Waking the Dead: Series 4, Episodes 5 and 6: Fugue States
Written by Ed Whitmore; Directed by Ben Bolt
I have one significant complaint about this episode, and that’s the suspension of disbelief required in order to accept the massive coincidence involving one character and the revelations regarding his/her relationship with another. Otherwise, this is cracking story, one of the very best of the series, which sees the team investigating the disappearance of a twin brother and sister during the Notting Hill carnival of 1990. The case is reopened when a DNA check on a young homeless man injured when he steps in front of a car reveals him to be the boy, Jason (Joe Armstrong), but a bout of amnesia (real or faked?) prevents him from revealing where he has been for nearly 15 years… or the whereabouts his sister, Cindy. In digging into the circumstances surrounding Jason’s disappearance, the team uncovers a history of child abuse and dodgy dealings involving crooked goings-on with social services and an abduction conspiracy.
Any episode involving a missing child runs the risk of becoming repetitive given Boyd’s own experiences in this area, and yes, it’s true that he clearly sees Jason as something of a surrogate for his own missing son, becoming uncharacteristically protective of him (even turning down an opportunity to uncover further evidence as to where he has been because he is afraid it will traumatise him). However, the main personal thrust of this episode, unusually, falls on Mel’s shoulders, following the revelation that she was in fact born Mary Price and, at a young age, was forcibly removed from her mother (deemed mentally unfit to care for her) and placed with foster parents. (This in turn results in a noticeable continuity gaffe in the sixth series when the issue of Mel’s ancestry is raised, but I’ll cover that at a later date.)
I’ve said this previously, but I’ll repeat it here: I think Claire Goose is seriously underappreciated as an actor. Far from simply being a pretty face, she gives the characters she plays a degree of authenticity beyond what is on the page. When she was in Casualty, she gave what is in my opinion the best performance any actor has ever delivered in that show, in the episode Love Me Tender, and she does much the same here, imbuing the character with enough depth that, when she flies off the handle and acts impulsively, you don’t simply think she’s being self-centred and projecting her own personal situation on to the ongoing investigation. Here, she commits a horrific act that is purely the result of her heightened emotional state, resulting in her jumping to the wrong conclusion as to a suspect’s intentions, but she somehow retains our sympathy throughout.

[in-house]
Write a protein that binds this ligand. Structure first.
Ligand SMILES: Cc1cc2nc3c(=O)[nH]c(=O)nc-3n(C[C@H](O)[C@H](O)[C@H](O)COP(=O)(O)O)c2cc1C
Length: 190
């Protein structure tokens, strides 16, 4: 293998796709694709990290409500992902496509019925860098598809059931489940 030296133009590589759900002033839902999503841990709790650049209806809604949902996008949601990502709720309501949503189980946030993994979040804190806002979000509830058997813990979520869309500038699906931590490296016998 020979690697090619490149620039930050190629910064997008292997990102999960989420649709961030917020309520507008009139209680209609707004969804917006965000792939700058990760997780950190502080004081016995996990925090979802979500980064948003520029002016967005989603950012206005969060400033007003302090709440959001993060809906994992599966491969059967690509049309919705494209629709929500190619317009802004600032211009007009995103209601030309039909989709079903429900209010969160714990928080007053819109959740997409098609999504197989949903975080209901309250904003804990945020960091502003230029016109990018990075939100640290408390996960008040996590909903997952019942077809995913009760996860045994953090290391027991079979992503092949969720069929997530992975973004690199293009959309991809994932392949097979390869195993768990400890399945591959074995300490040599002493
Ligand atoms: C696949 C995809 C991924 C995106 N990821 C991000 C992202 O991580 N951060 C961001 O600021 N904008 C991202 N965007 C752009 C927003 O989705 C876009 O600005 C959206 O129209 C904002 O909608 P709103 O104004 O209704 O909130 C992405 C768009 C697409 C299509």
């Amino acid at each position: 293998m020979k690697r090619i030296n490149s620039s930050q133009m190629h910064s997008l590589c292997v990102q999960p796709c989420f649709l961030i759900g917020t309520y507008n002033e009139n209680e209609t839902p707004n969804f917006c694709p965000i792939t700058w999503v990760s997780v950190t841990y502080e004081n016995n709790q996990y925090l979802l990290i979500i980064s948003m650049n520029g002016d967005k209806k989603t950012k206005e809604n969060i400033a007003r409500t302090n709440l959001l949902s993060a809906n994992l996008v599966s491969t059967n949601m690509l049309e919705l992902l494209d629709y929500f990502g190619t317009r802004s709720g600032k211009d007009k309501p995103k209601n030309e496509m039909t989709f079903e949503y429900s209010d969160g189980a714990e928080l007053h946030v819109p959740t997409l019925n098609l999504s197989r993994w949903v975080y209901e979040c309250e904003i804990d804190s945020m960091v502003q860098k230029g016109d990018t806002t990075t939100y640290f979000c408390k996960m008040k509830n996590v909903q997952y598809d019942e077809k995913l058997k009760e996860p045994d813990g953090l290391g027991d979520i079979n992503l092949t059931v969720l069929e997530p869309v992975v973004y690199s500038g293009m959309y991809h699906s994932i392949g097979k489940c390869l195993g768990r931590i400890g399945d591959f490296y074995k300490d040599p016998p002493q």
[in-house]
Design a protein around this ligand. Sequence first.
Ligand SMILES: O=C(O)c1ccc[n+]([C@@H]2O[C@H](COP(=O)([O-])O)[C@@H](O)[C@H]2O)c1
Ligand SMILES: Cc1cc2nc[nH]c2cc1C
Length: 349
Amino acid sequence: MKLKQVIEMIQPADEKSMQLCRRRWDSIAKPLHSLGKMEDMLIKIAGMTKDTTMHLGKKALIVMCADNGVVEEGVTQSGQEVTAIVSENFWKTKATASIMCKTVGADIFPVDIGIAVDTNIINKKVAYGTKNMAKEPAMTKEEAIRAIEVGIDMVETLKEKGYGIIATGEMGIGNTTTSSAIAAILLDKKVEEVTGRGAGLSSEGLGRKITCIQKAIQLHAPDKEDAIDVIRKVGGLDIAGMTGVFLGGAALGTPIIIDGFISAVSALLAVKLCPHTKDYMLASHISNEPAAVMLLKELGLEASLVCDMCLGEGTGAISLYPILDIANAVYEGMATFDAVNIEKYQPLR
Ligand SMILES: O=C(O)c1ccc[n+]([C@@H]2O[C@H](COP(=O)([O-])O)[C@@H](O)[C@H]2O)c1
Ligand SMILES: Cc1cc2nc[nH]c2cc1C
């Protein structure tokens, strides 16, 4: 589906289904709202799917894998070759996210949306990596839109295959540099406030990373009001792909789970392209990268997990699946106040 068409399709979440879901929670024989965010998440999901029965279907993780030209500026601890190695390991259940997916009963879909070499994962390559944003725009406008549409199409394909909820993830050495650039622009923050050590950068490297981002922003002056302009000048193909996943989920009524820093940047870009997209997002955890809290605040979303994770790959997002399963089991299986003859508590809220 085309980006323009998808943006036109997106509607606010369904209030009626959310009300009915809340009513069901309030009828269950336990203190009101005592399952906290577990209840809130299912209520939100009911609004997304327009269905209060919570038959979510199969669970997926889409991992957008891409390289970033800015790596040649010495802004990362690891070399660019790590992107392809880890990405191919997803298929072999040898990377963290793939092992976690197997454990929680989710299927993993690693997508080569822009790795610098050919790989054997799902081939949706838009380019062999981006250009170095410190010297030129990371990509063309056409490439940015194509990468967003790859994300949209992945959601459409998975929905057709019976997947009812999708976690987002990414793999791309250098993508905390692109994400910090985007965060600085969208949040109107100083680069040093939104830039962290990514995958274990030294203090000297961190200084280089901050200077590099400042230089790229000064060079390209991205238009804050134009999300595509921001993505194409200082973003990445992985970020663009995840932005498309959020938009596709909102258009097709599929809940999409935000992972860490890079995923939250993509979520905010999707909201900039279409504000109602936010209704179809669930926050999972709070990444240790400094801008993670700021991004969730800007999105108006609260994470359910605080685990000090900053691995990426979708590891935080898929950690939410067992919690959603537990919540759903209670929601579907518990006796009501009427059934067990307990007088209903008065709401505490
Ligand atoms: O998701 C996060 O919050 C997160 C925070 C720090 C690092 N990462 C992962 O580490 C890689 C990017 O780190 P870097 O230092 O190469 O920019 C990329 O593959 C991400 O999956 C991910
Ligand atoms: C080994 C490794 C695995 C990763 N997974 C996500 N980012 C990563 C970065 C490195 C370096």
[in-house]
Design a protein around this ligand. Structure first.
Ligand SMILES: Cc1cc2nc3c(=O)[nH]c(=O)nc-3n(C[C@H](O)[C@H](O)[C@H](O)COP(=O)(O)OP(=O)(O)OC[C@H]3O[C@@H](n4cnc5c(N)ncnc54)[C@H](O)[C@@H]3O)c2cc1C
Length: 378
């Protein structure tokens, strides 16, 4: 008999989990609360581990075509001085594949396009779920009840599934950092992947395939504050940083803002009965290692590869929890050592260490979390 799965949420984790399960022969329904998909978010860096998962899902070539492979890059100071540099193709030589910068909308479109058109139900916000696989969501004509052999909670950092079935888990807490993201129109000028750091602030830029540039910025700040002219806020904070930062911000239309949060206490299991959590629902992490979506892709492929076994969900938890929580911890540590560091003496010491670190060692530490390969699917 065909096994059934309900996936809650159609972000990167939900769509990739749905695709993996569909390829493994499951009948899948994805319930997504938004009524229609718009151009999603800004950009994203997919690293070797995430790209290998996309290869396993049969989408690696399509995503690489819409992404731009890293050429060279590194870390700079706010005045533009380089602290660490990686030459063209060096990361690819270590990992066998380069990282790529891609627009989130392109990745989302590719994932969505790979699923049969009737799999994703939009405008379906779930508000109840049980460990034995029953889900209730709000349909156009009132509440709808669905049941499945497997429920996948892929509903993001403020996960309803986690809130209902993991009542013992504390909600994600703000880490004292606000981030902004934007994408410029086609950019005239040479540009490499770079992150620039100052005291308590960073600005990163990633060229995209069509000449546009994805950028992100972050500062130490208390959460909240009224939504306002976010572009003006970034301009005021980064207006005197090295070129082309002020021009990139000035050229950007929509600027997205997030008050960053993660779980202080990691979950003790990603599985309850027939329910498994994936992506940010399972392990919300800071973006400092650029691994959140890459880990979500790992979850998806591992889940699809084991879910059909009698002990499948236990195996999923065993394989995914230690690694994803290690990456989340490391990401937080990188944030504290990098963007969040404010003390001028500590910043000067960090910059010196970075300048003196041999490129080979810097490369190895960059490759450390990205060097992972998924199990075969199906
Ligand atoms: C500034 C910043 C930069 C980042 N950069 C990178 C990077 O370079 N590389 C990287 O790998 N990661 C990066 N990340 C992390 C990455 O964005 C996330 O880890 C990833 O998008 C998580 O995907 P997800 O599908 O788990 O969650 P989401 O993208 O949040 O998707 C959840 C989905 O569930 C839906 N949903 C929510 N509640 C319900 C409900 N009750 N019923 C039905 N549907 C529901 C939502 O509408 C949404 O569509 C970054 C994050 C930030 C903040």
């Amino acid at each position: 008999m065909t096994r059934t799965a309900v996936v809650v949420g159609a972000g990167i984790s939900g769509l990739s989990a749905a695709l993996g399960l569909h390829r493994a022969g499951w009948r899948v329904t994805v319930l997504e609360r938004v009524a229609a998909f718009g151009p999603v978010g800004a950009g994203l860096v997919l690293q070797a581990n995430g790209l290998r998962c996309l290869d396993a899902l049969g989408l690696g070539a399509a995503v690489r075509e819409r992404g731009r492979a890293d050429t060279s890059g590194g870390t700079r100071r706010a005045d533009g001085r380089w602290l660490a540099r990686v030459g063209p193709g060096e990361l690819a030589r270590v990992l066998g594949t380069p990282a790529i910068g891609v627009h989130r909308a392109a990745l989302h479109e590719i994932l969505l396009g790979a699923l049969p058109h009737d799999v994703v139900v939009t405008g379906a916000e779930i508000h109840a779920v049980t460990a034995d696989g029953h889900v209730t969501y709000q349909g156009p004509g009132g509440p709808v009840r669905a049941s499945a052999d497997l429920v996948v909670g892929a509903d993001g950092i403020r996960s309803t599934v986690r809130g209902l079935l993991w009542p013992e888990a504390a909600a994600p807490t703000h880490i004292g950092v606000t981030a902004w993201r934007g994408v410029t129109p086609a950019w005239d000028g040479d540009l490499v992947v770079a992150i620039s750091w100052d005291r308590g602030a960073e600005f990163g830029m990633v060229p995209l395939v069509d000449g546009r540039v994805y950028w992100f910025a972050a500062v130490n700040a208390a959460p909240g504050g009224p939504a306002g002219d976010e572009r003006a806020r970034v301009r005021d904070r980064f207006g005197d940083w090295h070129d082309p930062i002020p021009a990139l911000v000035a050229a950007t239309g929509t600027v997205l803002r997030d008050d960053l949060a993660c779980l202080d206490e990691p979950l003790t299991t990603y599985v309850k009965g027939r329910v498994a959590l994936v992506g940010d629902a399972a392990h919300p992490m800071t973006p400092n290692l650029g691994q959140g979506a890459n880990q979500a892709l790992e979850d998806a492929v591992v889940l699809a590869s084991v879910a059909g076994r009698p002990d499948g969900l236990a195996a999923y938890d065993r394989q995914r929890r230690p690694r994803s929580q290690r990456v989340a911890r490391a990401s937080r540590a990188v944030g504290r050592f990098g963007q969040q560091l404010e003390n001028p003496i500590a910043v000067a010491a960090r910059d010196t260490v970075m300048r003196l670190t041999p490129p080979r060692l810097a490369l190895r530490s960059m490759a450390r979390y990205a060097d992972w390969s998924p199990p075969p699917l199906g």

Elsewhere, we get the usual witty banter between the team. I previously said Ed Whitmore’s scripts tended to be drier than, say, Stephen Davis’, but I should probably now take that back, as there are some absolute corkers in this episodes’ dialogue, some of them rather clever. It’s also, for once, reasonably coherent throughout, although I did find myself having to pause a couple of times to work out exactly what was going on in my head. Massive coincidence aside, it’s all pretty logical too. A solid entry and the point at which this season, after a slightly rocky start with In Sight of the Lord, finds its feet before going to enjoy a continuous run of high quality episodes until its end.